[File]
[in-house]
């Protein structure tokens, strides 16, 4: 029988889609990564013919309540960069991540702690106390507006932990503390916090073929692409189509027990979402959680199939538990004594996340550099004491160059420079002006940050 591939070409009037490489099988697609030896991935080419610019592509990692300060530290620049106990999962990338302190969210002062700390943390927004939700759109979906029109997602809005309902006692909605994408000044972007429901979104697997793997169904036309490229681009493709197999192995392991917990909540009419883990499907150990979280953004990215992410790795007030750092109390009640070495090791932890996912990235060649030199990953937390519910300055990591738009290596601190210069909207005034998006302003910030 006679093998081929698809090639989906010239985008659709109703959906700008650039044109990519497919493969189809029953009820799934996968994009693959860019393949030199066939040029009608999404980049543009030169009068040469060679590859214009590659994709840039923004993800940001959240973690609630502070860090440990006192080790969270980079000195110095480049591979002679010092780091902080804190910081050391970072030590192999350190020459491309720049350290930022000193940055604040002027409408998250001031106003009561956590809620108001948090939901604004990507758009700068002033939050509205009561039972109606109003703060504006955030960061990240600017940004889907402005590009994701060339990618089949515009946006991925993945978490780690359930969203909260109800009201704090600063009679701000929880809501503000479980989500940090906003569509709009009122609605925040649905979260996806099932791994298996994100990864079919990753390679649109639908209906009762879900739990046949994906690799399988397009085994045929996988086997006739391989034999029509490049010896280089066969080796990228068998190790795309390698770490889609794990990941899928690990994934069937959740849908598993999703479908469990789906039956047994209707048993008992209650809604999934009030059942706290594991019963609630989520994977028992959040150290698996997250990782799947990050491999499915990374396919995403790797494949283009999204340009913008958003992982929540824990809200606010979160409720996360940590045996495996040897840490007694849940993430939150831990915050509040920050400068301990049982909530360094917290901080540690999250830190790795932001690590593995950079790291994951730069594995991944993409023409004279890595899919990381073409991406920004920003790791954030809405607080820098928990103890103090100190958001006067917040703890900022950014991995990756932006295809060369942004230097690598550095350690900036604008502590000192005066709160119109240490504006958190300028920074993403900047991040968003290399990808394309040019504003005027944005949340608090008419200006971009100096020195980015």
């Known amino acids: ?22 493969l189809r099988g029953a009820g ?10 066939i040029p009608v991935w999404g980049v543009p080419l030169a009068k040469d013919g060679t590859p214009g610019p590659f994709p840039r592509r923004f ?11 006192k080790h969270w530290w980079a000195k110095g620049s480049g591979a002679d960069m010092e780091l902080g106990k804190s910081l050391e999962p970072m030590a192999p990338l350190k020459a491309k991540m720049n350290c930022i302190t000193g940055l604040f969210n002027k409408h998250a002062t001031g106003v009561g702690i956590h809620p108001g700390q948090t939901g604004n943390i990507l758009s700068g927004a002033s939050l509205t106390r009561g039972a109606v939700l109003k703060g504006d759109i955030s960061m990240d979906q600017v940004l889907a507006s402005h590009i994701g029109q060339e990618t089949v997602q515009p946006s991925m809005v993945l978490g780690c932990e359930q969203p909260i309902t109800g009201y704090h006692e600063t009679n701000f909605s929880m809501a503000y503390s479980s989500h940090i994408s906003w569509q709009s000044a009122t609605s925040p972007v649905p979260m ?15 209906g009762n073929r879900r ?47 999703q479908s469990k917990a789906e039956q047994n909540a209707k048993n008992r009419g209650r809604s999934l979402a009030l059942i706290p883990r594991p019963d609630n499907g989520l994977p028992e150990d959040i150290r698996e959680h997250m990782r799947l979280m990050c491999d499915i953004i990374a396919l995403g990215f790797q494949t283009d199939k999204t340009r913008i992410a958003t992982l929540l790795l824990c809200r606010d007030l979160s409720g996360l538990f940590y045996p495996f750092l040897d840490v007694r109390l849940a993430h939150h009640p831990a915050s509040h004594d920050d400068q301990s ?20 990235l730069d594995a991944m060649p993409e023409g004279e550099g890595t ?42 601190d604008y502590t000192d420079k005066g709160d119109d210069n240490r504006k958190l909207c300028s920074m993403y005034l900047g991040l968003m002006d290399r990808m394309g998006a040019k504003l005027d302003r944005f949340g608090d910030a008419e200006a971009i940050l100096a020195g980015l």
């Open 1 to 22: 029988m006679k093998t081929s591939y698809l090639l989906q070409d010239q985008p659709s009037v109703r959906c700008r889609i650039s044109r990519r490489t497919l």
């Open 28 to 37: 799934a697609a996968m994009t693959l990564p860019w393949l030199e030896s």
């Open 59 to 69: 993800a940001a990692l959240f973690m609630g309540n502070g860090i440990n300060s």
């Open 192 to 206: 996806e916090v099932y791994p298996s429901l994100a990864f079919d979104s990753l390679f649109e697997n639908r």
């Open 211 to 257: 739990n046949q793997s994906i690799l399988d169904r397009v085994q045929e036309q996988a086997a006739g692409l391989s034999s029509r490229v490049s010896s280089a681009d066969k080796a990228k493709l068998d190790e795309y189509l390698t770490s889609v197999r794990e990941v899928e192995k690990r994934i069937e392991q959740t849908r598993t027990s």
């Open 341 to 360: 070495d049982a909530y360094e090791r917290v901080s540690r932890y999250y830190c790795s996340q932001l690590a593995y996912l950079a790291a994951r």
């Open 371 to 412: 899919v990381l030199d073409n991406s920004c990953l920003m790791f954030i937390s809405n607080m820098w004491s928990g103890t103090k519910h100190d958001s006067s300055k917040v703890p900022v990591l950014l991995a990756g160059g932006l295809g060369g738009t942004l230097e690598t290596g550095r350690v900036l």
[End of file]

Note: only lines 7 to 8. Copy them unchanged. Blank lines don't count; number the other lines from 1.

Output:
């Open 192 to 206: 996806e916090v099932y791994p298996s429901l994100a990864f079919d979104s990753l390679f649109e697997n639908r």
């Open 211 to 257: 739990n046949q793997s994906i690799l399988d169904r397009v085994q045929e036309q996988a086997a006739g692409l391989s034999s029509r490229v490049s010896s280089a681009d066969k080796a990228k493709l068998d190790e795309y189509l390698t770490s889609v197999r794990e990941v899928e192995k690990r994934i069937e392991q959740t849908r598993t027990s």